New Mexico has sued the Nuclear Regulatory Commission (NRC), challenging the legality of the agency’s proceedings involving separate proposals to build and operate two consolidated interim storage facilities (CISFs) for spent nuclear fuel (SNF) in New Mexico and Texas.
In a complaint filed on March 29 against the NRC and the U.S. government, New Mexico Attorney General Hector Balderas sought a declaratory judgement and/or injunctive relief to force the agency tasked with ensuring nuclear safety and security to comply with “constitutional constructs.”
Balderas argued that the agency’s proceedings involving Holtec International’s application for a license to construct and operate a HI-STORE CISF in Lea County and Eddy County (Figure 1), and Interim Storage Partners’ (ISP’s) proposed CISF in Andrews County, Texas (Figure 2), are unlawful. Both projects place the “substantial costs” of emergency preparation and response, as well as costs for infrastructure improvements to ship “high-risk” nuclear waste on the state, tribes, and local communities, he alleged.
A Sticking Point: The Uncertainty That CISFs Will Serve as ‘Interim’ Storage
At issue in Balderas’ complaint filed in the U.S. District Court for the District of New Mexico on Tuesday is the Department of Energy’s (DOE’s) failure to fulfill mandates under the 1982 Nuclear Waste Policy Act (NWPA) to begin permanent disposal of highly radioactive SNF from the nation’s reactor operators.
According to the Nuclear Waste Strategy Coalition (NWSC), an ad hoc group of public and private sector members that are collaborating to spur federal action on the issue, the DOE’s decades-long default on a “standard contract” to begin disposing of SNF have resulted in a “de facto policy of inaction.” In a letter to Energy Secretary Jennifer Granholm on March 10, the group said more than 80,000 metric tons of commercial SNF and high-level waste is currently stranded at operating and decommissioned reactor sites in 34 states “without their consent.”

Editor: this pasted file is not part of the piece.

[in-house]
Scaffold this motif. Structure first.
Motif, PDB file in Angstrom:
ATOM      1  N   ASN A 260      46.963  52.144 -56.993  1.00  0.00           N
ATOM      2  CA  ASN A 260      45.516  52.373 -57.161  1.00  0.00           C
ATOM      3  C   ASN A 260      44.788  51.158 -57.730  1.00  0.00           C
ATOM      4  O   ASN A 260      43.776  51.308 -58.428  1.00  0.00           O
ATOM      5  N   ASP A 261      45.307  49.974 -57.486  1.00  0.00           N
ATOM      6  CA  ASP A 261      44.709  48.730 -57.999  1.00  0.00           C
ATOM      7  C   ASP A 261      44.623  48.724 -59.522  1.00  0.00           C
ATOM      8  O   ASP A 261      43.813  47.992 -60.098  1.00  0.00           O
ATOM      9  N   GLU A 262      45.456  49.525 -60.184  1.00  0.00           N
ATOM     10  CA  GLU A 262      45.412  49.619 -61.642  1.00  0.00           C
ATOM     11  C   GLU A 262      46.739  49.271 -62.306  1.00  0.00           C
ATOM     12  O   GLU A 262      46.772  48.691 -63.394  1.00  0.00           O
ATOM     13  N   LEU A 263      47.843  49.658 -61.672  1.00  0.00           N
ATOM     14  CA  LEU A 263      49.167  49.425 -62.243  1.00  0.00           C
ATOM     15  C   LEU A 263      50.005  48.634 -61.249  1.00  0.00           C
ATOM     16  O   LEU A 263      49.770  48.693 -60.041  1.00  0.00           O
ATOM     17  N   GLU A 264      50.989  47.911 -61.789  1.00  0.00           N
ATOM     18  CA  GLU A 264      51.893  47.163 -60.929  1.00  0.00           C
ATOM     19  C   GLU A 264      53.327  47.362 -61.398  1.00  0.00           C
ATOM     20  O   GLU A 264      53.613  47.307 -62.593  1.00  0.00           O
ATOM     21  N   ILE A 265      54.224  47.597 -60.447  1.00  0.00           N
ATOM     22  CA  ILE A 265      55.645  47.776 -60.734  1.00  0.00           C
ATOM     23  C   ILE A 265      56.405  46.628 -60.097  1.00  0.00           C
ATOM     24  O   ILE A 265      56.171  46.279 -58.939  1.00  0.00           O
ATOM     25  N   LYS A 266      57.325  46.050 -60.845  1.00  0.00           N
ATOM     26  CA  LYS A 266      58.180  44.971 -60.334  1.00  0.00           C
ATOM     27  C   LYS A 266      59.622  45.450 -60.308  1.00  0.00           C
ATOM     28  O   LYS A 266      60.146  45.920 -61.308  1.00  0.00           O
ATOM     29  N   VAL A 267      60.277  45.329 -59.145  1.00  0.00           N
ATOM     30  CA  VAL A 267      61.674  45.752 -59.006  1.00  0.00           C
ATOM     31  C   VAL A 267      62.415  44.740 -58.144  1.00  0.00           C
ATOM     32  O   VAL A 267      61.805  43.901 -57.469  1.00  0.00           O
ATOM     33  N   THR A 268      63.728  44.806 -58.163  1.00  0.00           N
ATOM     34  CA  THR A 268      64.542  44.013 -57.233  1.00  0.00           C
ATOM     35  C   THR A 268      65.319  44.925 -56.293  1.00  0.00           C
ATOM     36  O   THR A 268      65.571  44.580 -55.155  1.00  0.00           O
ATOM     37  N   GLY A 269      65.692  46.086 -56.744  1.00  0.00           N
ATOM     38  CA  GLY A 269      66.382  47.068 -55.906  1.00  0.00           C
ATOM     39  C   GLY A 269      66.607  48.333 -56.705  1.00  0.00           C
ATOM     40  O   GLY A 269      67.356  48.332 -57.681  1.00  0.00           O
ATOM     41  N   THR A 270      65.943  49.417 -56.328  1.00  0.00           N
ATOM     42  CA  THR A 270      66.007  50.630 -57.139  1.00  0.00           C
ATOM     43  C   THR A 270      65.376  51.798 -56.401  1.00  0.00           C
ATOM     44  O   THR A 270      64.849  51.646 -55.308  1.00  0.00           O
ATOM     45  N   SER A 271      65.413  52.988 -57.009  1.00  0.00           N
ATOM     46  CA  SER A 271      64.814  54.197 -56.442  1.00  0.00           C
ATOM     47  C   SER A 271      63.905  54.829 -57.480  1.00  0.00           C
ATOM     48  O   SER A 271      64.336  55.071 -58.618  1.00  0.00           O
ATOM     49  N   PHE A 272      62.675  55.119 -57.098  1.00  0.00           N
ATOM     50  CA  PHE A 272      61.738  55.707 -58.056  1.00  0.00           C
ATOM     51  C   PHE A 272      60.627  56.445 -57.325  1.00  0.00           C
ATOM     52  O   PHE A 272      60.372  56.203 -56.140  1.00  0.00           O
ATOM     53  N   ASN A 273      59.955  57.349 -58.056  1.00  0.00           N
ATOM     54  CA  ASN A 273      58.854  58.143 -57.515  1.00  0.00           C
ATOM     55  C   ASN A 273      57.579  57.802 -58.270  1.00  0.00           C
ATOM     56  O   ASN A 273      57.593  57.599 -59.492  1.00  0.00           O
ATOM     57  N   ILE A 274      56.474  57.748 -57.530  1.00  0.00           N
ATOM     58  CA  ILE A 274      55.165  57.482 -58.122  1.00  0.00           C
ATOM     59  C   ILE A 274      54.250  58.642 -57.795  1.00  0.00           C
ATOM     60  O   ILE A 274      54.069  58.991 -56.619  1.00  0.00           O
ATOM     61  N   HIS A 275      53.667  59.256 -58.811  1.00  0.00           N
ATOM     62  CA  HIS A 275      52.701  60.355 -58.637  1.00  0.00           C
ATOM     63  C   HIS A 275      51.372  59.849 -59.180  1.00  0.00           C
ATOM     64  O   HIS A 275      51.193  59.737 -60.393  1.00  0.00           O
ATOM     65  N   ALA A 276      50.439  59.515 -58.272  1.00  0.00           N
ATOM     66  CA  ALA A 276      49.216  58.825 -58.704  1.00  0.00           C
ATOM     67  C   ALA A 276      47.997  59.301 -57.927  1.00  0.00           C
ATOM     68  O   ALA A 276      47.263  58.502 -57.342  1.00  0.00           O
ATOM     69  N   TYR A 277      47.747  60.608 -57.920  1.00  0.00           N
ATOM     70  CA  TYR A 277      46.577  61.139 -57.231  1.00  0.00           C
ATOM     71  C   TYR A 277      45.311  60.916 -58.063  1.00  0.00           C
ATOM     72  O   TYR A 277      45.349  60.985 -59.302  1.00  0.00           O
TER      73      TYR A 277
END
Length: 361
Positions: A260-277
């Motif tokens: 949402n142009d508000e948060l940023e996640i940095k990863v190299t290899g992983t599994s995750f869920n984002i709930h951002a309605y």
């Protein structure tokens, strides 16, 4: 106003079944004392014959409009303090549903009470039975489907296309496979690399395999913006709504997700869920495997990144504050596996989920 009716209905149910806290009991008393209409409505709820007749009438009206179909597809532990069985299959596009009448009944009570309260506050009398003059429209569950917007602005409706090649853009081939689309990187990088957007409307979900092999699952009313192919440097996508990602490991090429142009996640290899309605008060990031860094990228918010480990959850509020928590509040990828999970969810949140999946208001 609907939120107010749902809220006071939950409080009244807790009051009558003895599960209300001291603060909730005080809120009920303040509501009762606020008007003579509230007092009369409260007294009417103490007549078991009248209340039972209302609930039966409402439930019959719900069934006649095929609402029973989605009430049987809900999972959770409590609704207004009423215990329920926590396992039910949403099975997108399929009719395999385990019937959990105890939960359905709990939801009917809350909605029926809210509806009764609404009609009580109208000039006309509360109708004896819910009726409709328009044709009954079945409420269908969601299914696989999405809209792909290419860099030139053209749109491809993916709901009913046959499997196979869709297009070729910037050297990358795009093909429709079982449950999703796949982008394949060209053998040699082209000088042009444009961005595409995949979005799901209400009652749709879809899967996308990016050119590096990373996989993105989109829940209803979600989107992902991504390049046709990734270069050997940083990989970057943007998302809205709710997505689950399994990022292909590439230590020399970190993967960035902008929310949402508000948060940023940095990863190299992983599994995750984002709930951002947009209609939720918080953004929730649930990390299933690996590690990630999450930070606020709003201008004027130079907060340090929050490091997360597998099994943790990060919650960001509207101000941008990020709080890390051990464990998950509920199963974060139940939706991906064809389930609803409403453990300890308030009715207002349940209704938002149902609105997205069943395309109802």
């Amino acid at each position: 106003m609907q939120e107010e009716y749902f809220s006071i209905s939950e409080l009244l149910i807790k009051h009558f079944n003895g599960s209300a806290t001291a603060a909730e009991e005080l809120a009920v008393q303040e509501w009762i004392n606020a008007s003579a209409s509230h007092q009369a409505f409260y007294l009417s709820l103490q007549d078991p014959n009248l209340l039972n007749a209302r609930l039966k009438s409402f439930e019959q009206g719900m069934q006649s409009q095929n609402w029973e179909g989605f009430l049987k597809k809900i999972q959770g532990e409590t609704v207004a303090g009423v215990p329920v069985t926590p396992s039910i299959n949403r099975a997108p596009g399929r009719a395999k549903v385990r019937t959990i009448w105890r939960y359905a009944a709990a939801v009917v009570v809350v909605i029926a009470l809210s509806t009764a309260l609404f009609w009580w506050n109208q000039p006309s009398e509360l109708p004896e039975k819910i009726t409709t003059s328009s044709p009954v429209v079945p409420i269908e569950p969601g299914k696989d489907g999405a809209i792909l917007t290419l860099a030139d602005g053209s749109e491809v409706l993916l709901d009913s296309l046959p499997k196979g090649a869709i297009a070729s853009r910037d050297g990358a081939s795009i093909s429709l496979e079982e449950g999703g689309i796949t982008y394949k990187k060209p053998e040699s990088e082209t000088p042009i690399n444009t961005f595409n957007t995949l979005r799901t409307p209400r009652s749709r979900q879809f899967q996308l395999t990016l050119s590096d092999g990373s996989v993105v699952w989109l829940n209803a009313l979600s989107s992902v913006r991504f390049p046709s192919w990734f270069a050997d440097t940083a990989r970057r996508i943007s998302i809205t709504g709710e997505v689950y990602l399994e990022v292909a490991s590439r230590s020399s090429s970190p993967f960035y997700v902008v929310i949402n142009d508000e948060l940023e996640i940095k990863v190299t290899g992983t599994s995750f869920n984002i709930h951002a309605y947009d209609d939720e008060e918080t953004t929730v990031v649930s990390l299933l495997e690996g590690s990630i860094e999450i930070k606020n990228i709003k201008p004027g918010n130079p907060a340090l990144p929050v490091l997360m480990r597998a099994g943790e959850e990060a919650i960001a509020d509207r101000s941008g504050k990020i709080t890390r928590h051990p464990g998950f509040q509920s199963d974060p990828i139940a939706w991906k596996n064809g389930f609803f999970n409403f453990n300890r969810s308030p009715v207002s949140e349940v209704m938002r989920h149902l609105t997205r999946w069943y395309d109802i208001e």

Since 1983, about $54 billion has been credited to the Nuclear Waste Fund, including over $21 billion collected from electric ratepayers, and over $28 billion in interest that continues to accumulate at a rate of over $1.7 billion a year. “The approximately $43 billion balance sits stranded in U.S. Treasury Securities and unappropriated for its intended purpose,” the group said. The group urged Granholm—a former governor of New Mexico—to urgently act on resolving the nation’s nuclear waste management dilemma.
However, with efforts to revive the Yucca Mountain deep geologic repository in Nevada paralyzed by a long-standing political deadlock and lack of funding commitments, only two other options are legally afforded by the NWPA. One is to use federal monitored retrievable storage (MRS) facilities, in which the DOE could store nuclear waste from commercial nuclear plants pending permanent disposal or reprocessing. Despite the DOE’s attempts in the late 1980s to persuade states to host an MRS facility, no MRS facilities have been proposed.
The other NWPA option is to construct one or more interim storage facilities to consolidate SNF in willing host communities to which the DOE could move SNF until a long-term geological SNF storage facility opens. But so far, while consolidated interim storage planning continues to be a priority, the DOE appears to have shifted its focus on enabling long-term SNF storage at the 76 reactor or storage sites in 34 states.
In a nuclear blueprint rolled out this January, the DOE’s Office of Nuclear Energy said: “For the foreseeable future, this fuel can safely remain at these facilities until a permanent disposal solution is identified.” Along with studying storage, transportation, and disposal solutions, the DOE continues developing plans “to identify activities, milestones, and resources needed to develop a consolidated storage facility.”